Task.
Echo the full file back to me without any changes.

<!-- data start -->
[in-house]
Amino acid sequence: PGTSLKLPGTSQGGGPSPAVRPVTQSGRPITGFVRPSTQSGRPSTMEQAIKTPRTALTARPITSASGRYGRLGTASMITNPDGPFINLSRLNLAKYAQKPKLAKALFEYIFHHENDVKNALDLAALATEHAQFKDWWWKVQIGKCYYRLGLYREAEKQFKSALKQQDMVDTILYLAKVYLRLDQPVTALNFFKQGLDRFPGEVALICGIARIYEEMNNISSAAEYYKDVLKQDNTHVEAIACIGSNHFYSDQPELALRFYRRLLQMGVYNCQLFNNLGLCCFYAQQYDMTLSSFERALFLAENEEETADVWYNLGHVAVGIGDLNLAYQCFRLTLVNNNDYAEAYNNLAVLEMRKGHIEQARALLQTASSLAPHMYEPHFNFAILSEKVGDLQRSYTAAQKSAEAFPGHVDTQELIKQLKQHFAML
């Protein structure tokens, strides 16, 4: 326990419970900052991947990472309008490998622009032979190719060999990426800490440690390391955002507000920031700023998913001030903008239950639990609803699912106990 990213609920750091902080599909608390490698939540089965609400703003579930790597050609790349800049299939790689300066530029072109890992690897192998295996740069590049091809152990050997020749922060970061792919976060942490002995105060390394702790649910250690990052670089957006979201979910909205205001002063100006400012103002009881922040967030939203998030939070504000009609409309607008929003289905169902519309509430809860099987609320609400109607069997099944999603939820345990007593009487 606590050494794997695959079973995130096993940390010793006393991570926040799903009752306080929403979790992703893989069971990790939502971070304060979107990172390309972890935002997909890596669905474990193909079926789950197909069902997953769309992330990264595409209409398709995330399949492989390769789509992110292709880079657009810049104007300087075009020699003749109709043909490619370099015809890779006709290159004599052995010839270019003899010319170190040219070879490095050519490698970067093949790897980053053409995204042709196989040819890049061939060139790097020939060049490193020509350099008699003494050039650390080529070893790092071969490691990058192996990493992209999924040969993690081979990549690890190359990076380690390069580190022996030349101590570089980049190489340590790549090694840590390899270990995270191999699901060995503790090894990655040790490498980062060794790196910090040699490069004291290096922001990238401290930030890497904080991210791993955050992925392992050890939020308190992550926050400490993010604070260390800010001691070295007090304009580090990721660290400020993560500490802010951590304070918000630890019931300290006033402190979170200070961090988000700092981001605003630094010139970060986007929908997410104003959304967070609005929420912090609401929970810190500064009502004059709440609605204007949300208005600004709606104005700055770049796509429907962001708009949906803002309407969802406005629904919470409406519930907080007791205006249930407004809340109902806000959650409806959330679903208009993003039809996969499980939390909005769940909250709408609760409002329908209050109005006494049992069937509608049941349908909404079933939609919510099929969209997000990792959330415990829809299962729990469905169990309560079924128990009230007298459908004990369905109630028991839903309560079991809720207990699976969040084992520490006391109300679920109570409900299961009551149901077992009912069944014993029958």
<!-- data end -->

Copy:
[in-house]
Amino acid sequence: PGTSLKLPGTSQGGGPSPAVRPVTQSGRPITGFVRPSTQSGRPSTMEQAIKTPRTALTARPITSASGRYGRLGTASMITNPDGPFINLSRLNLAKYAQKPKLAKALFEYIFHHENDVKNALDLAALATEHAQFKDWWWKVQIGKCYYRLGLYREAEKQFKSALKQQDMVDTILYLAKVYLRLDQPVTALNFFKQGLDRFPGEVALICGIARIYEEMNNISSAAEYYKDVLKQDNTHVEAIACIGSNHFYSDQPELALRFYRRLLQMGVYNCQLFNNLGLCCFYAQQYDMTLSSFERALFLAENEEETADVWYNLGHVAVGIGDLNLAYQCFRLTLVNNNDYAEAYNNLAVLEMRKGHIEQARALLQTASSLAPHMYEPHFNFAILSEKVGDLQRSYTAAQKSAEAFPGHVDTQELIKQLKQHFAML
């Protein structure tokens, strides 16, 4: 326990419970900052991947990472309008490998622009032979190719060999990426800490440690390391955002507000920031700023998913001030903008239950639990609803699912106990 990213609920750091902080599909608390490698939540089965609400703003579930790597050609790349800049299939790689300066530029072109890992690897192998295996740069590049091809152990050997020749922060970061792919976060942490002995105060390394702790649910250690990052670089957006979201979910909205205001002063100006400012103002009881922040967030939203998030939070504000009609409309607008929003289905169902519309509430809860099987609320609400109607069997099944999603939820345990007593009487 606590050494794997695959079973995130096993940390010793006393991570926040799903009752306080929403979790992703893989069971990790939502971070304060979107990172390309972890935002997909890596669905474990193909079926789950197909069902997953769309992330990264595409209409398709995330399949492989390769789509992110292709880079657009810049104007300087075009020699003749109709043909490619370099015809890779006709290159004599052995010839270019003899010319170190040219070879490095050519490698970067093949790897980053053409995204042709196989040819890049061939060139790097020939060049490193020509350099008699003494050039650390080529070893790092071969490691990058192996990493992209999924040969993690081979990549690890190359990076380690390069580190022996030349101590570089980049190489340590790549090694840590390899270990995270191999699901060995503790090894990655040790490498980062060794790196910090040699490069004291290096922001990238401290930030890497904080991210791993955050992925392992050890939020308190992550926050400490993010604070260390800010001691070295007090304009580090990721660290400020993560500490802010951590304070918000630890019931300290006033402190979170200070961090988000700092981001605003630094010139970060986007929908997410104003959304967070609005929420912090609401929970810190500064009502004059709440609605204007949300208005600004709606104005700055770049796509429907962001708009949906803002309407969802406005629904919470409406519930907080007791205006249930407004809340109902806000959650409806959330679903208009993003039809996969499980939390909005769940909250709408609760409002329908209050109005006494049992069937509608049941349908909404079933939609919510099929969209997000990792959330415990829809299962729990469905169990309560079924128990009230007298459908004990369905109630028991839903309560079991809720207990699976969040084992520490006391109300679920109570409900299961009551149901077992009912069944014993029958």